John W. Campbell – BRAIN PLUCKER http://www.brainplucker.com THE WONDER PUBLISHING GROUP BLOG Wed, 01 Aug 2012 11:00:48 +0000 en-US hourly 1 William Tenn Passes Away http://www.brainplucker.com/william-tenn-passes-away/ Mon, 08 Feb 2010 17:01:35 +0000 http://www.brainplucker.com/?p=1053 Here’s a reposting I did from the Science Fiction Oral History Association (SFOHA.org) website:

One of Science Fiction’s master short story writers, Phil Klass, passed away Sunday, February 7, 2010 at age 89. Phil Klass, who may be better known by the pseudonym William Tenn, wrote more than 60 SF stories. Connie Willis in her introduction to the book Immodest Proposals: The Complete Science Fiction of William Tenn, Volume 1
wrote:

Tenn’s stories are witty, clever, thought-provoking, ironic, intensely intelligent, touching, and hilarious. And too few and far between. Most of the stories in this collection were written in the fifties and sixties, and, until now, have been hard to find. I’m overjoyed that they will all be in print again and all in one place (though it’s also delightful to come across one in an anthology when you least expect it, and have him seduce or surprise or swindle you all over again), But I wish there were more of them.

He was named Author Emeritus by SFWA in 1999. Some of his more famous short stories (and this list is by no means complete) are:

There is an excellent interview (well really it’s a monologue) with Phil Glass AKA William Tenn at Pulpnet.com. It was recorded at PulpCon 35 in 2006. Phil talks about working with John W. Campbell, Horace Gold and Fred Pohl among many others. He certainly had the gift of gab. If you feel saddened at his passing as I do, this recording will bring smile to your face.

Also there’s an another excellent interview from 2004 when he was on WNYC’s Spinning On Air. Which also has him reading his short story On Venus, Have We Got A Rabbi! [via: SFFaudio]

If you have any recordings of William Tenn, we’d love to post them here. Please contact us.

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Free Astounding Stories of Super-Science Magazines http://www.brainplucker.com/free-astounding-stories-of-super-science-magazines/ Thu, 27 Aug 2009 00:09:19 +0000 http://www.brainplucker.com/?p=285 Project Gutenberg has been putting tons of Public Domain books on the web for years now. Well maybe not tons. How much do electrons weigh for over 30,000 books. Anyways, you know what I mean. One thing that is fairly new is the complete issues of Astounding Stories of Super-Science from 1930. There are six complete issues available online. Astounding could arguable be called the greatest SF Magazine ever. Eventually the magazine evolved into Analog, that is still being published today.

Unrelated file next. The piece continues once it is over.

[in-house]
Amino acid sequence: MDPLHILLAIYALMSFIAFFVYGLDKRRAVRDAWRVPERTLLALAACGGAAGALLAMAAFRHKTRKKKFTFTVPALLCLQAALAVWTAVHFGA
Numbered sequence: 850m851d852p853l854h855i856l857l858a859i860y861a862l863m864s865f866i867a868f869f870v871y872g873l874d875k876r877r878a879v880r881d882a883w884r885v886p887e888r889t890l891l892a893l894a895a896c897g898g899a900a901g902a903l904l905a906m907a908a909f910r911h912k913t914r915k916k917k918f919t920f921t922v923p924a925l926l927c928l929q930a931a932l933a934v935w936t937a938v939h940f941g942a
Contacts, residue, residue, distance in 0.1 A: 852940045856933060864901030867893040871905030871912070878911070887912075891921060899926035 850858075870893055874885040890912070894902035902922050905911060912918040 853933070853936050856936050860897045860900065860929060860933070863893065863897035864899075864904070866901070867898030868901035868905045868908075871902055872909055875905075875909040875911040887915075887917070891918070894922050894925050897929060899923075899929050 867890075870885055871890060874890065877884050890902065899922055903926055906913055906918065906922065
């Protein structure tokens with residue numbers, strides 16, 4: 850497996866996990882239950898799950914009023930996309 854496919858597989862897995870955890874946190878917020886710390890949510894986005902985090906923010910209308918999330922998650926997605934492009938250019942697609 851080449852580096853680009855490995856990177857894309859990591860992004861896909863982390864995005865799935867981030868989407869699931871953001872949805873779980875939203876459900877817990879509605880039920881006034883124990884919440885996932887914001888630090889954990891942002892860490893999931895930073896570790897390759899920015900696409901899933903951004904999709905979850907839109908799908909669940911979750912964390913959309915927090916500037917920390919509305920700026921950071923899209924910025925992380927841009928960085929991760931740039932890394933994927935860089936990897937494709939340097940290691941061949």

But it’s most famous period is from the 1940s when the magazine almost single-handedly created the Golden Age of Science Fiction. John W. Campbell was the long running editor and discovered and/or developed some of the all time great writers of the period, including Isaac Asimov, Robert Heinlein, A.E. Van Vogt, and many, many more.

But I digress… In it’s earliest days, the early 1930s, the SF is Astounding was very pulpy and sometimes very bad, and sometime pretty fun. Harry Bates was Astounding’s first editor and the magazine was going in a different direction than the other SF magazines started by Hugo Gernsback (Amazing Stories, Wonder Stories). Those mags were interested in preaching the gospel of Science to its readers. Astounding started as a “Blood-n-Thunder” pulp with an emphasis on action, and damn the science. There are some very good authors contained in these pages like Edmond Hamilton, Murray Leinster, Hugh B. Cave, Arthur J. Burks, and Miles J. Breuer. Project Gutenberg also included the original interior art, which is a way cool thing to do! So now you can read and enjoy these issues without the pulp smell which sometimes screws up my sinuses.

Click on the images to go to the HTML page of each issue or go here for other formats.

September 1930

September 1930

April 1930

April 1930

August 1930

August 1930

Febuary 1930

Febuary 1930

July 1930

July 1930

March 1930

March 1930

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